It happened during Ramadan. Fatima suddenly had a vision of Jesus. She has never forgotten how lovingly He looked at her and said, “Come, follow me!” Never before had she experienced such a deep sense of peace. Secretly she began to do some research—and thus the young woman from a strict Muslim family in Saudi Arabia discovered that she was not the only one who had experienced transformation. In fact, she found that there were even Saudis who unashamedly appeared on television as Christians. 

Change is taking place in countries across the Middle East. Increasingly, people are put off by extremism and do not want to have anything to do with oppressive expressions of religion. They long to know God, and through Christian media, dreams or visions they find Jesus, and even in the face of intimidation and death threats they dare to follow Him. 

But following Jesus is not always met with immediate acceptance in existing Christian circles. Just like the apostle Paul: “When he came to Jerusalem, he tried to join the disciples, but they were all afraid of him, not believing that he really was a disciple.” (Acts 9:26) Security concerns in nations that do not have freedom of religion, fear, and mutual lack of trust raise the question whether it’s more effective to enfold Muslim-background believers (MBBs) into existing churches or whether they should be encouraged to plant and develop their own churches.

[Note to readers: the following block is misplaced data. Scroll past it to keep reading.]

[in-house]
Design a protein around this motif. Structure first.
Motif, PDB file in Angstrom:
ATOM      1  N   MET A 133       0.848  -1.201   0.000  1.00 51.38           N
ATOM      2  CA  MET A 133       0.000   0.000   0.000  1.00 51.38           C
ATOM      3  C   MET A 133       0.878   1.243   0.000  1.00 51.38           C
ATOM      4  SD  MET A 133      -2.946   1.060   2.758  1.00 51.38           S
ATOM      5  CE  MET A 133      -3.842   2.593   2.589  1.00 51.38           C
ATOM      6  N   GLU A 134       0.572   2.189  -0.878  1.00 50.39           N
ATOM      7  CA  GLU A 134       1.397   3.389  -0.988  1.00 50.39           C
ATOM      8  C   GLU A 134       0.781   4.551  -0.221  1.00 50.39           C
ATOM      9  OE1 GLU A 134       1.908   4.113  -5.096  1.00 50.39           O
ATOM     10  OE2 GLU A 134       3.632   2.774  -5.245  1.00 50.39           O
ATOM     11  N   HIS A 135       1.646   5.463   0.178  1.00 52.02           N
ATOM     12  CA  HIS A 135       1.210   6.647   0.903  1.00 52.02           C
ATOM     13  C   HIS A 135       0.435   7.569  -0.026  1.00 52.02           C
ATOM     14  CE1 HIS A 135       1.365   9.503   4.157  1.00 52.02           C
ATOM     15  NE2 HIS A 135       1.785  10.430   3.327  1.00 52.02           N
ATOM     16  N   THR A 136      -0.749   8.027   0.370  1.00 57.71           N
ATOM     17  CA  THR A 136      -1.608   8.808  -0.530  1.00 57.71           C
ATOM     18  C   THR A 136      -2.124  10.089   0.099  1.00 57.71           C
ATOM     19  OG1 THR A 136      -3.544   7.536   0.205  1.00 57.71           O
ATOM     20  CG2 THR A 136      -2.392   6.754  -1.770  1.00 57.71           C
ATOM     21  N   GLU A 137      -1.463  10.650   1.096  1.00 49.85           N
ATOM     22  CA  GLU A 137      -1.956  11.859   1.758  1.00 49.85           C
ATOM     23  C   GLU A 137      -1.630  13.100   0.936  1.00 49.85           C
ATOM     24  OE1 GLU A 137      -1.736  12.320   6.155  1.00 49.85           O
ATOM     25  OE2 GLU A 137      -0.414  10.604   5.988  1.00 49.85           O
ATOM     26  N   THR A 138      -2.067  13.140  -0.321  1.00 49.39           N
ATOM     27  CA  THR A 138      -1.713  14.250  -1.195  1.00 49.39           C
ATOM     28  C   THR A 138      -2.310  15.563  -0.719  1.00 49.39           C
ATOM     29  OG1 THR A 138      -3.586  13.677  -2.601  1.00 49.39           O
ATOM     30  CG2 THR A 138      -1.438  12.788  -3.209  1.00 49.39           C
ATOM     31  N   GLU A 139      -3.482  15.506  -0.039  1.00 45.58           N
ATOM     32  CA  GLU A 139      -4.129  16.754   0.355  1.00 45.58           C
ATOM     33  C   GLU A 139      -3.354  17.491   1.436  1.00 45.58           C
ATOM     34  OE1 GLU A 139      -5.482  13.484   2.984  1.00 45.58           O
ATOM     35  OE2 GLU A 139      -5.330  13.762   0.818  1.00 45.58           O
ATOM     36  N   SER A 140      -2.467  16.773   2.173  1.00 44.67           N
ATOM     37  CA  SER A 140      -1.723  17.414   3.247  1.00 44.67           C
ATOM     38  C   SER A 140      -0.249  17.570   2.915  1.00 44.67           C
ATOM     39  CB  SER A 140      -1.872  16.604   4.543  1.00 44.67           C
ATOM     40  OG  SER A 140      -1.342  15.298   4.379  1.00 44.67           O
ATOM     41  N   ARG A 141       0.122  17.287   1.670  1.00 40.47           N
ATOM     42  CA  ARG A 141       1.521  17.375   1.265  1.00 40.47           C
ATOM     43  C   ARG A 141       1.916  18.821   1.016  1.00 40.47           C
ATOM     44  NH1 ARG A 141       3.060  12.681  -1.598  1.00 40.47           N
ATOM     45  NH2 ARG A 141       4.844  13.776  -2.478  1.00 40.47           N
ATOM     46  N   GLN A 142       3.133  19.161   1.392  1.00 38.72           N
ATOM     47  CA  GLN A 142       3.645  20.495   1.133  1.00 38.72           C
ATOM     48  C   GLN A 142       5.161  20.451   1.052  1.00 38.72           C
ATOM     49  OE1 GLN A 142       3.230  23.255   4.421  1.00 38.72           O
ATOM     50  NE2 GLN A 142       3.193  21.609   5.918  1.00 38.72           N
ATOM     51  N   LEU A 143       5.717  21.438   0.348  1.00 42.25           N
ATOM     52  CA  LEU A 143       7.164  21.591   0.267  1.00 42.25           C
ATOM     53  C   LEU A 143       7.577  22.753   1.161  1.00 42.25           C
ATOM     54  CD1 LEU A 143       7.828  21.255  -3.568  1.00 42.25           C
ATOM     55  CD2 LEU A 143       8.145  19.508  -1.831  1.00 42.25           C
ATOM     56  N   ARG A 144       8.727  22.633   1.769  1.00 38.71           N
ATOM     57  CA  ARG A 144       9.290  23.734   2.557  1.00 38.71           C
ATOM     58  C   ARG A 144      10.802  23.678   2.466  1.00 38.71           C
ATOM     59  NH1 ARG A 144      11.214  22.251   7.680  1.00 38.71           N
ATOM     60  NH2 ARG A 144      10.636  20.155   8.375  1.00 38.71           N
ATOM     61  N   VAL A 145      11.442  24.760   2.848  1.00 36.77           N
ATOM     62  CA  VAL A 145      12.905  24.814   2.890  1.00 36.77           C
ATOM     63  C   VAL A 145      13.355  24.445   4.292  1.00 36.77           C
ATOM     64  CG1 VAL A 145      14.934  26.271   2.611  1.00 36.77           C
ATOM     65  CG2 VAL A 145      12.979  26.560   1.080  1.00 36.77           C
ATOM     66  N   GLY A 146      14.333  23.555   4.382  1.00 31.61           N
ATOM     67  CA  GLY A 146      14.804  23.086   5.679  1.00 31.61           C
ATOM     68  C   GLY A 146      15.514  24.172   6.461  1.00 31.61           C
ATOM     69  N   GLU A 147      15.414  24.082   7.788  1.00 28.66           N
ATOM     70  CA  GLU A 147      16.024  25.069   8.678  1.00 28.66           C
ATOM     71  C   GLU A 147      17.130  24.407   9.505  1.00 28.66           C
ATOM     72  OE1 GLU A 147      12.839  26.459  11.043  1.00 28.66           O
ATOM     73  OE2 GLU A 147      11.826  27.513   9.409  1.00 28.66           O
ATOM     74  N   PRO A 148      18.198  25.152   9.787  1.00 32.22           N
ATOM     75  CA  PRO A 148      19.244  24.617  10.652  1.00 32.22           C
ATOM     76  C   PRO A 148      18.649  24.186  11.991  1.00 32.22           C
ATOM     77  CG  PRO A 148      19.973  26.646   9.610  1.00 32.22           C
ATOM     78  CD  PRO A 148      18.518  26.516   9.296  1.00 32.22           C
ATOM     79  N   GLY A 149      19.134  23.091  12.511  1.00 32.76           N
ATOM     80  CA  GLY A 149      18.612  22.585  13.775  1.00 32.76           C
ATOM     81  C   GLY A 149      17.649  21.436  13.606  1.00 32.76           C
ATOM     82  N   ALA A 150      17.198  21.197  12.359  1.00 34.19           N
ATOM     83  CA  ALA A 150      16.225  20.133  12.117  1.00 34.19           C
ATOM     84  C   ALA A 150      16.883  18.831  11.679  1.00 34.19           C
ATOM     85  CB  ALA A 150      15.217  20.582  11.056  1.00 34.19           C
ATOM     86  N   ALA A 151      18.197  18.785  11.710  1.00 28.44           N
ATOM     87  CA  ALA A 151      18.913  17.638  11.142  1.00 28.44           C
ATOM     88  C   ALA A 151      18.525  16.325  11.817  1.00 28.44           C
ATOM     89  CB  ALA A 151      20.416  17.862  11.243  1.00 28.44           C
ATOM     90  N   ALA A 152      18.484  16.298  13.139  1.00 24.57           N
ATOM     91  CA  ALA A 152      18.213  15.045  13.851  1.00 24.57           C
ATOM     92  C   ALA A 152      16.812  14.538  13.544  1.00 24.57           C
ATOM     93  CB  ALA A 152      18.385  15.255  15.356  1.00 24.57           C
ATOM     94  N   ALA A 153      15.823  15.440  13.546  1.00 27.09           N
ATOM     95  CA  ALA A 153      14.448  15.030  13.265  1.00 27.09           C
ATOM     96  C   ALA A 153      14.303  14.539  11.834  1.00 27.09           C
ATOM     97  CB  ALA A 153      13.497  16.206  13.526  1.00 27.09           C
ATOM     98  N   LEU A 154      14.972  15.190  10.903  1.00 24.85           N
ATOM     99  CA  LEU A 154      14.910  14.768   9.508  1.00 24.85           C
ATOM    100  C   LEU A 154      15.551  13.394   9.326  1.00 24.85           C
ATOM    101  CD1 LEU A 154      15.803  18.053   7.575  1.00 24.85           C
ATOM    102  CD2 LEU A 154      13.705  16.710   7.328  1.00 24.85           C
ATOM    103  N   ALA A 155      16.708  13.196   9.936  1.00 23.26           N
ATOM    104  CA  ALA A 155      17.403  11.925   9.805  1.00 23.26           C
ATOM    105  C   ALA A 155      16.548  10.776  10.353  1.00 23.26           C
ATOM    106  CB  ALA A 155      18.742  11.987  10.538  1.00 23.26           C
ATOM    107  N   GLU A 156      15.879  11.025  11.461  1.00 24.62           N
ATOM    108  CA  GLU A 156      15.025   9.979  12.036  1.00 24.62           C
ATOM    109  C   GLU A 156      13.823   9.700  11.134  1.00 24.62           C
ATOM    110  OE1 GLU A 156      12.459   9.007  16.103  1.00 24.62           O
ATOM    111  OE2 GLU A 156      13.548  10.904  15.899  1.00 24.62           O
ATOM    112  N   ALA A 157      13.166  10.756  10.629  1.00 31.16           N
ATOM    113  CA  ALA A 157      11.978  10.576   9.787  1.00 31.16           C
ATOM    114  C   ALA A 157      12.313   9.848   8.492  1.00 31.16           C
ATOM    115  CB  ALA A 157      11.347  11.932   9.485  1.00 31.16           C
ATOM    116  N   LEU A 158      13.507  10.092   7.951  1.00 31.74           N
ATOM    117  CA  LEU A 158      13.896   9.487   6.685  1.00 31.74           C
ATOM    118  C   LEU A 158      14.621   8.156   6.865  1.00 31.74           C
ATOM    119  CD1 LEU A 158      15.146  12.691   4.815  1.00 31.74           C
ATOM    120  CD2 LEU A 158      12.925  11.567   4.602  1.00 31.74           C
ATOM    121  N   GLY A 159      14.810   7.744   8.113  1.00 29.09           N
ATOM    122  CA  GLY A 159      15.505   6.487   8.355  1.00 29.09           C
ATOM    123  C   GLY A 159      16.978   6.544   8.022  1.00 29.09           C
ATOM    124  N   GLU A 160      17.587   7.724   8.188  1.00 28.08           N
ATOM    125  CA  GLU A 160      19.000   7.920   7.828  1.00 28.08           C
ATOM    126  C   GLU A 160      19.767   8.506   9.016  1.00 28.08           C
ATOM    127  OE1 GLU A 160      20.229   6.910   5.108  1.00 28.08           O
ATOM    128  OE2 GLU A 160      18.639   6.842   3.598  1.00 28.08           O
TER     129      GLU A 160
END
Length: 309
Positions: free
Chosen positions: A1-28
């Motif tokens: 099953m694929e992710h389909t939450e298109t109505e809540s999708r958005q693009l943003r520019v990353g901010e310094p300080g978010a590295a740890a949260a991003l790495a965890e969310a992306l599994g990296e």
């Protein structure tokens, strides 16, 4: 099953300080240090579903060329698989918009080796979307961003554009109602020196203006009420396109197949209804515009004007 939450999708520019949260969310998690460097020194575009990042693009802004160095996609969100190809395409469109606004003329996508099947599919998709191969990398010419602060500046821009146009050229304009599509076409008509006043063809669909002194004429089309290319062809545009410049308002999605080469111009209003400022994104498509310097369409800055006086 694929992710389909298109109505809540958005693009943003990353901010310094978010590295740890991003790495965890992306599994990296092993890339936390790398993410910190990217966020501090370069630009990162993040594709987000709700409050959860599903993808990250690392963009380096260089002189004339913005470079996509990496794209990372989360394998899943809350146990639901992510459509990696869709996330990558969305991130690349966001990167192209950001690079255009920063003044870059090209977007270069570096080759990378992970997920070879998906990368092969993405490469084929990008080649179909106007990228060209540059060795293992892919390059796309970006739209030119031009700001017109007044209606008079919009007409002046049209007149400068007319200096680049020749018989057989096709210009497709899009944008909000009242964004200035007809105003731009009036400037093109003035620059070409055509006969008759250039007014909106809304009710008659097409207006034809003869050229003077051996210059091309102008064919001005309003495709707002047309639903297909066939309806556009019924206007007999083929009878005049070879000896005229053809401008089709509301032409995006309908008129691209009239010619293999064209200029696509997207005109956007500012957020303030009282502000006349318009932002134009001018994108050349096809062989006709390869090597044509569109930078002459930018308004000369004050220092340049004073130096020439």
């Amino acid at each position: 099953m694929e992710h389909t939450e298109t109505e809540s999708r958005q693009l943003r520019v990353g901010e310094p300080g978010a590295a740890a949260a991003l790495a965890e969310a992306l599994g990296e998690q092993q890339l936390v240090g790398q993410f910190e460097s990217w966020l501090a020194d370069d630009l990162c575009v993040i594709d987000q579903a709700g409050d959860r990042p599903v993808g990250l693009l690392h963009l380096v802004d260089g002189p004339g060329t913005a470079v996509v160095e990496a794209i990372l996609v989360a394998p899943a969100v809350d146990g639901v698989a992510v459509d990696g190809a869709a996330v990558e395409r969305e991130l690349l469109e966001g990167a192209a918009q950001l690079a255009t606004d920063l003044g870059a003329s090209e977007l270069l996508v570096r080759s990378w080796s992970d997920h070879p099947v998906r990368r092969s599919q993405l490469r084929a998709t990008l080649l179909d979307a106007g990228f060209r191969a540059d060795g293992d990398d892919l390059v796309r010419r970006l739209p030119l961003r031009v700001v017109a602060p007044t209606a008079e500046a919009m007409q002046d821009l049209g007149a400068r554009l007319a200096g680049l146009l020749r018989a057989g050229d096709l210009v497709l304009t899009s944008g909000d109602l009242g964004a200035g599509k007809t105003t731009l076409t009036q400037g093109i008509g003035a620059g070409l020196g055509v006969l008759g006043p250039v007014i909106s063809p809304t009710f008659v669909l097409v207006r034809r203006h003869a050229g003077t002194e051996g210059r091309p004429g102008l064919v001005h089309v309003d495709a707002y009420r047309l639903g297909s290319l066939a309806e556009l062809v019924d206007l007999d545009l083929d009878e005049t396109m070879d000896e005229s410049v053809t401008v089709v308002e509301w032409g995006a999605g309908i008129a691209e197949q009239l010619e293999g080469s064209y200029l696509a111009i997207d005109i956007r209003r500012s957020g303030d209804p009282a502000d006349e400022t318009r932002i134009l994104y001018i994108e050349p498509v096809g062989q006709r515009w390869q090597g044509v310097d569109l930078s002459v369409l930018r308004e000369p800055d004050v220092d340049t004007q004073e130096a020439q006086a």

• Pray for established churches to value MBBs and welcome and enfold them into their fellowships
  • Pray for  MBBs to connect with mature Christians and to grow as followers of Jesus.
  • Pray for  new churches and initiatives to emerge that effectively enfold and equip Christians from various backgrounds and offer them a shared sense of family.


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